The men who made a living in the turpentine industry in Clay County earned every penny. It was a nasty, back-breaking job. They wiped pine sap on their trousers as they moved from tree to tree and by …
The men who made a living in the turpentine industry in Clay County earned every penny. It was a nasty, back-breaking job. They wiped pine sap on their trousers as they moved from tree to tree and by the end of the day the pants could stand on their own in a corner.
From 1890 until the mid 1920’s, when Florida accounted for 52 percent of the total American output of naval stores, there was hardly a man, woman or child living in Clay County who wasn’t in some way touched by the turpentine business.
As an industry, its reputation through history has been one of corruption, abuse and the lowest type of human cruelty. The story is different in Clay County because here, the majority of the camps were small, run by local families, and subject to close scrutiny of neighbors. The same can’t be said for the large turpentine camps west of the Suwannee River and south into the isolated Big Bend area of the state.
For the most part, in Clay County turpentine workers were treated pretty much like other poor blacks and whites in the rest of the county. Both paternalism and a condescending disregard for human dignity was the order of the day but it was not unusual for the owner of the land and his sons to work side by side with their employees and eat the same food they did from the commissary.
Collection of the rich pinesap went from mid-March to mid-November. Usually six days a week the crew was in the woods before the sun came up. The chipping crew used a hacker and in some cases sulfuric acid to renew the wound on the trees and keep the sap moving. This was in fact considered a highly skilled job. Done carelessly or too aggressively and the tree could die. Too little attention and production would slow or cease.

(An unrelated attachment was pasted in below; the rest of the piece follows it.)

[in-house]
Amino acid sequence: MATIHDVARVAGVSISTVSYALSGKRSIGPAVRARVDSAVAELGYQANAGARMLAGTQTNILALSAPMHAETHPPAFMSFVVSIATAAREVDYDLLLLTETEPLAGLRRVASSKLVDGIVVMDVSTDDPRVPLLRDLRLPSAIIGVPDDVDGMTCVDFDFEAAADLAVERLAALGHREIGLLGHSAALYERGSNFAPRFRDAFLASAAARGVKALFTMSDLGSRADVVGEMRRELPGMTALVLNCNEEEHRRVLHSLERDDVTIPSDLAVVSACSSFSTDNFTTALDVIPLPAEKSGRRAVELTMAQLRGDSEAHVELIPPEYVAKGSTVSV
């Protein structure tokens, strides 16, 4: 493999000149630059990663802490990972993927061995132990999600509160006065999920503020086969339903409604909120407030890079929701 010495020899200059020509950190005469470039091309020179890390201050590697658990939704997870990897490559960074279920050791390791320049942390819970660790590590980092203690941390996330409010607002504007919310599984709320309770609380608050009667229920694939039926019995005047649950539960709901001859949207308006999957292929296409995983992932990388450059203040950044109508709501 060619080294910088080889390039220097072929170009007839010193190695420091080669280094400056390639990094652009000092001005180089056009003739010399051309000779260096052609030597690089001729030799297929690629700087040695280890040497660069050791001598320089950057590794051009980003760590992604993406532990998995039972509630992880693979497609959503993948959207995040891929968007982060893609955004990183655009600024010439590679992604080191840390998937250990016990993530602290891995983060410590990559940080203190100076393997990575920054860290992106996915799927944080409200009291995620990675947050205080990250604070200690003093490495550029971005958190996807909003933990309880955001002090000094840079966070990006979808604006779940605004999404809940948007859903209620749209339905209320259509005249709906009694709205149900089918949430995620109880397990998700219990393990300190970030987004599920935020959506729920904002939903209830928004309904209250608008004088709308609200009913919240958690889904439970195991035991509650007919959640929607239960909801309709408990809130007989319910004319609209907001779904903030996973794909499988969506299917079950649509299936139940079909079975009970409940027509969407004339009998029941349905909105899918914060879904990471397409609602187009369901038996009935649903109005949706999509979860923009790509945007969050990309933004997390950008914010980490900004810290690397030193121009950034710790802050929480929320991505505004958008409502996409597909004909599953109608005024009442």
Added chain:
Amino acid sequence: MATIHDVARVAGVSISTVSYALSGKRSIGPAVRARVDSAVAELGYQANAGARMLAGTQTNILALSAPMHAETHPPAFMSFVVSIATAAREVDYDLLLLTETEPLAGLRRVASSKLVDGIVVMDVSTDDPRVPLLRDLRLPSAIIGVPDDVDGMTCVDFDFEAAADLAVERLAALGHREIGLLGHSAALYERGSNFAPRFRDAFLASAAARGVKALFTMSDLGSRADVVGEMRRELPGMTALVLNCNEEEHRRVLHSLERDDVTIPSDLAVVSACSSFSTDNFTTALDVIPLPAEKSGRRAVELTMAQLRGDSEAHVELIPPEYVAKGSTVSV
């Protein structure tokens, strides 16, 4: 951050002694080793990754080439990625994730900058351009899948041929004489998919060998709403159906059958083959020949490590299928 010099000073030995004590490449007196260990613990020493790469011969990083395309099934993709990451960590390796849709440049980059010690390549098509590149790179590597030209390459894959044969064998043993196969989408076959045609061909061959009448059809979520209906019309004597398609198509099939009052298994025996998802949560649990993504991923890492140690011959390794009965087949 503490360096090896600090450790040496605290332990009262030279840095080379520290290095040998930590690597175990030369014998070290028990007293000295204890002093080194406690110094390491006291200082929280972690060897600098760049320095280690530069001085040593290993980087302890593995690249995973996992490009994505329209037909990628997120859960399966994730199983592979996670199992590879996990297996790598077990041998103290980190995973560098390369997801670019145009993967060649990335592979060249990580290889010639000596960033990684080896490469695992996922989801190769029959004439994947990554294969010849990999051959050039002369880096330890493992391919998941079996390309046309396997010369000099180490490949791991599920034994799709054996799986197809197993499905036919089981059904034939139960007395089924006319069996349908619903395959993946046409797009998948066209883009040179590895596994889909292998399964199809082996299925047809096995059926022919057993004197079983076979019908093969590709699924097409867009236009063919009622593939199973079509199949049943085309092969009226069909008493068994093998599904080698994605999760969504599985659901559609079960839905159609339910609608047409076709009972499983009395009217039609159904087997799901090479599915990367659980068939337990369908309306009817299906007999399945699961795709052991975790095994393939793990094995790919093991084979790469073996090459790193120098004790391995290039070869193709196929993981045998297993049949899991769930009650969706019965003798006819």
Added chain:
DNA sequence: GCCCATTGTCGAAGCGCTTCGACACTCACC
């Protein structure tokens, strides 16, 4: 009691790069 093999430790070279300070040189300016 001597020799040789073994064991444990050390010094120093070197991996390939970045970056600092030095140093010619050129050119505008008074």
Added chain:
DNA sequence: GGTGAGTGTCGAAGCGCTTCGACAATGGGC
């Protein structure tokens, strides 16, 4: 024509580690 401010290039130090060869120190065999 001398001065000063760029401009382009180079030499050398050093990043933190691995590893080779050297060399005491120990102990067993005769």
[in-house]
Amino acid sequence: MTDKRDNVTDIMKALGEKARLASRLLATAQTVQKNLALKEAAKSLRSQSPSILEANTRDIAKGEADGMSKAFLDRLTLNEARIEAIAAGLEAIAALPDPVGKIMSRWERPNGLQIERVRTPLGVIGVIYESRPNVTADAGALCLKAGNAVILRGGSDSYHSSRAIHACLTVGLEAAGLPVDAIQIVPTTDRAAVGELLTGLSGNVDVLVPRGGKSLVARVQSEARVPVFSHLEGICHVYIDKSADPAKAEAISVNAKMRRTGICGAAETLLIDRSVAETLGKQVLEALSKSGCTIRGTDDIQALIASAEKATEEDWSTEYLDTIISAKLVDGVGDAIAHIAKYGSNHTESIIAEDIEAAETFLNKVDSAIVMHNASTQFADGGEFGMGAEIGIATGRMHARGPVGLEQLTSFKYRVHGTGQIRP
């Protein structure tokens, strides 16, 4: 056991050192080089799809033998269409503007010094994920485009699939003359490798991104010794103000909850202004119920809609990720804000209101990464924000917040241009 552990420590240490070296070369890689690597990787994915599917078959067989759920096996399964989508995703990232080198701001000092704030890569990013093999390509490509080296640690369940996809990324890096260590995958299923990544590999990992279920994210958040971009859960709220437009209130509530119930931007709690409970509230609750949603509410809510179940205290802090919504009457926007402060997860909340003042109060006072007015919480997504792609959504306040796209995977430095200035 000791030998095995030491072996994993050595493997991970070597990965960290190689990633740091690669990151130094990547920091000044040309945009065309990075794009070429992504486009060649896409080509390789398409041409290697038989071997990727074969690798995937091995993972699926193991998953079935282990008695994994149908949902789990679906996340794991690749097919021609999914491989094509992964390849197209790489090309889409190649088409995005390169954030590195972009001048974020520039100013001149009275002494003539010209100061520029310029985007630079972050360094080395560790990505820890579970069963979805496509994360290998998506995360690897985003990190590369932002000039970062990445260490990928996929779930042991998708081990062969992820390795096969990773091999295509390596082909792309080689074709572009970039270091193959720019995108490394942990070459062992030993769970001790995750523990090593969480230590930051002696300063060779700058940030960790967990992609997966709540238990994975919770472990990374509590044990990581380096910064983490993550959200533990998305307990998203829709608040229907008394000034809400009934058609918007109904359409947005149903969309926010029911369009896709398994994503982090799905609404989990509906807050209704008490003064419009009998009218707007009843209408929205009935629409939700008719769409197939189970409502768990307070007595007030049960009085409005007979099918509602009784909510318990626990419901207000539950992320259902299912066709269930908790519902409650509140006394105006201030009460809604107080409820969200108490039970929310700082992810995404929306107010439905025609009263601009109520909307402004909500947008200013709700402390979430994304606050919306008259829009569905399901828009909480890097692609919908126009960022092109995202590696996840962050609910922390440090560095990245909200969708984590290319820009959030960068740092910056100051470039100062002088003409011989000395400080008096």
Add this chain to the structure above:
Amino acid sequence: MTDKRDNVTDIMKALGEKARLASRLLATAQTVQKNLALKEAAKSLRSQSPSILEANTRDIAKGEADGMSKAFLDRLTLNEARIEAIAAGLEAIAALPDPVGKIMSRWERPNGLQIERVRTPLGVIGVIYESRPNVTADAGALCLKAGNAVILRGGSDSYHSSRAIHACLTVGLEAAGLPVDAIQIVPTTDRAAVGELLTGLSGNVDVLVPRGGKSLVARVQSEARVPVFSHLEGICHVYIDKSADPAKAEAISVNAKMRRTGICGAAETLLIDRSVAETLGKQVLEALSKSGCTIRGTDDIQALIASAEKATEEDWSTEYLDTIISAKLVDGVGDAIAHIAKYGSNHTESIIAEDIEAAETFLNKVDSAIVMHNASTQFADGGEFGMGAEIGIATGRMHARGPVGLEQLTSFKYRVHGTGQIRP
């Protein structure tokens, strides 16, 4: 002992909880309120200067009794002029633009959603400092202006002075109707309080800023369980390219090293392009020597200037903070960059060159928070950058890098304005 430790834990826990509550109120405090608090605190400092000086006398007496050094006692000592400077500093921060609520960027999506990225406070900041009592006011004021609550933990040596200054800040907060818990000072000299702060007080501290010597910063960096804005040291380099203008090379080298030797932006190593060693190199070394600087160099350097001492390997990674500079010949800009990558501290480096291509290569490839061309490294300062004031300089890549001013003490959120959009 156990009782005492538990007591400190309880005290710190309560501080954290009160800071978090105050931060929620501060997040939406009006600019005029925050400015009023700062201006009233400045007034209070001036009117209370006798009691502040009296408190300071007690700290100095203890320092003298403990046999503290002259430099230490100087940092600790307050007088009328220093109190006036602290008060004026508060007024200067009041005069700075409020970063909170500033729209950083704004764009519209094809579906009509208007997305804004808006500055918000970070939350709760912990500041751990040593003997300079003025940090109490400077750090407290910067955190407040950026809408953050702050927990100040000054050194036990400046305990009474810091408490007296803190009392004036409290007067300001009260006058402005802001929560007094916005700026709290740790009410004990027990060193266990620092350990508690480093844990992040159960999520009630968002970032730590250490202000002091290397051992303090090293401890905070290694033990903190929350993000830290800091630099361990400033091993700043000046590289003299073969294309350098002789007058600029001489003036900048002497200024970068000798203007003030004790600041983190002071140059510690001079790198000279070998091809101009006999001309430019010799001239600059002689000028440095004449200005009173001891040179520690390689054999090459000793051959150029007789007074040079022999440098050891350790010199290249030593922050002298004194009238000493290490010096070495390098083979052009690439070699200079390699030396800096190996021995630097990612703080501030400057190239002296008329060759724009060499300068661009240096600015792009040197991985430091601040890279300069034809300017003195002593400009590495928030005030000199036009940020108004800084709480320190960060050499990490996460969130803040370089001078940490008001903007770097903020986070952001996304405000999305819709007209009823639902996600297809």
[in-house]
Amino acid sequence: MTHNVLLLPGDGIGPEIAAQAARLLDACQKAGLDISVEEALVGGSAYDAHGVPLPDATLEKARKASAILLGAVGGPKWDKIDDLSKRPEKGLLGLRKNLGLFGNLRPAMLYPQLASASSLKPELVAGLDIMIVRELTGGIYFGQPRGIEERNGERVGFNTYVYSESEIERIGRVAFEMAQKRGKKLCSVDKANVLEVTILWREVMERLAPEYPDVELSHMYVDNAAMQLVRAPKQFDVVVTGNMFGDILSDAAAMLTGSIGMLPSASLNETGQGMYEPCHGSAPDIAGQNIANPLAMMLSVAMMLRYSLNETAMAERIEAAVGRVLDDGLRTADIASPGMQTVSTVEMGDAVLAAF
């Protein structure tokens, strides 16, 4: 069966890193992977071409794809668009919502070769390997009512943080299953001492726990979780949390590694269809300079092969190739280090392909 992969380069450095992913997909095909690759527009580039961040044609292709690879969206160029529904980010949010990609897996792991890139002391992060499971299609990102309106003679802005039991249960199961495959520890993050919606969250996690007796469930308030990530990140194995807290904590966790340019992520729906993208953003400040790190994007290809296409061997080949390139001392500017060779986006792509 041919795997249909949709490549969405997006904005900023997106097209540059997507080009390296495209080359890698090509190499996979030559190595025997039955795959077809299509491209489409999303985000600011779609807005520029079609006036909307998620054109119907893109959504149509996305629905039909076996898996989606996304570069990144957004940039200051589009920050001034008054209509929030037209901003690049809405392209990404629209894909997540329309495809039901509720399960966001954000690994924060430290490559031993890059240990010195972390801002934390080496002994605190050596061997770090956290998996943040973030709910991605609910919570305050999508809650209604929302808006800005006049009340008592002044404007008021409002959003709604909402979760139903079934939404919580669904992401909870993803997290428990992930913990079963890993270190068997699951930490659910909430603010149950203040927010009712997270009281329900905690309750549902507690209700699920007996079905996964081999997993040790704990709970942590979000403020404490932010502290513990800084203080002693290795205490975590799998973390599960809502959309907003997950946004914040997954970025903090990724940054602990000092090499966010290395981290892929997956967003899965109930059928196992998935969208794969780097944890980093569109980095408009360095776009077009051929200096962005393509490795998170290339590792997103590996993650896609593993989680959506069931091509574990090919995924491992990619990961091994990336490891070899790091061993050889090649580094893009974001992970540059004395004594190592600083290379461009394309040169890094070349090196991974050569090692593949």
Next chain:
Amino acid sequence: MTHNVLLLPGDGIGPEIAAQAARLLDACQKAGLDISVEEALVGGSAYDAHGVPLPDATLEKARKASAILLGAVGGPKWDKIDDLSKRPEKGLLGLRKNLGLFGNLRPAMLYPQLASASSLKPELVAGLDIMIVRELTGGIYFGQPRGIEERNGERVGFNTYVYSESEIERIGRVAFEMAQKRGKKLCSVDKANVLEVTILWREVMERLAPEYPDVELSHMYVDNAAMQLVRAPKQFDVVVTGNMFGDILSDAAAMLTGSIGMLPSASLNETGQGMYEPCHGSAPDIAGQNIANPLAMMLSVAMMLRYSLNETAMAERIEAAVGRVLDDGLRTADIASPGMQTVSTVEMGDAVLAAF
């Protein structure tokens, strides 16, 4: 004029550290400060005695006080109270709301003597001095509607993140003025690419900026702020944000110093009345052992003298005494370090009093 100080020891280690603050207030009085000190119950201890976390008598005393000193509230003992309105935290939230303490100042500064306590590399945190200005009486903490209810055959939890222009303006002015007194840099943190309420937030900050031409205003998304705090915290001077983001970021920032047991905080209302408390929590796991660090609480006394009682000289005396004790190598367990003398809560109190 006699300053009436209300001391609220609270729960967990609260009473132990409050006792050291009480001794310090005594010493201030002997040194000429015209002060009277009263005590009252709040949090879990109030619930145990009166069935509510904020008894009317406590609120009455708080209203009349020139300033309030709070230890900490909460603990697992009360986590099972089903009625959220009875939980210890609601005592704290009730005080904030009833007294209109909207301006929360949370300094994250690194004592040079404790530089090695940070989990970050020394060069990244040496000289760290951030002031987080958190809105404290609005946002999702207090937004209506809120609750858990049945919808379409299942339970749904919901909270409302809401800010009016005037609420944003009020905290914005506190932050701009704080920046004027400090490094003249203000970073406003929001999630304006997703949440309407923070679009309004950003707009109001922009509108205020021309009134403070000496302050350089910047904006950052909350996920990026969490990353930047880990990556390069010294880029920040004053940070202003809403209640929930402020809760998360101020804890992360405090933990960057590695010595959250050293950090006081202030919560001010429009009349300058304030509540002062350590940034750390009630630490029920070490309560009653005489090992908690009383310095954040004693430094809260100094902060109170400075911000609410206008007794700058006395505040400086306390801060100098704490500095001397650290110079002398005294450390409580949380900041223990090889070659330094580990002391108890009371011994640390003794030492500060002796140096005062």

The main production arm of the operation was the dipping crew. They moved from tree to tree removing clay pots three-quarters full of sap and scraping the contents into a dip bucket then reattaching the clay pot to the tree.
The buckets held about 50 pounds of sap.
When full, the bucket was dumped into 55-gallon barrels pulled through the woods on a wagon. When those barrels were filled, the wagon returned to the still or to a loading area for transport to a still. Each tree’s sap was collected about every week to week and a half depending on the age of the tree.
At dark, the day’s work was done and crews collapsed into the backs of wagons or later into the backs of trucks to head home.
Several of the men who would become movers and shakers in Clay County began their careers doing this work. If they could do this day after day they didn’t flinch at much else.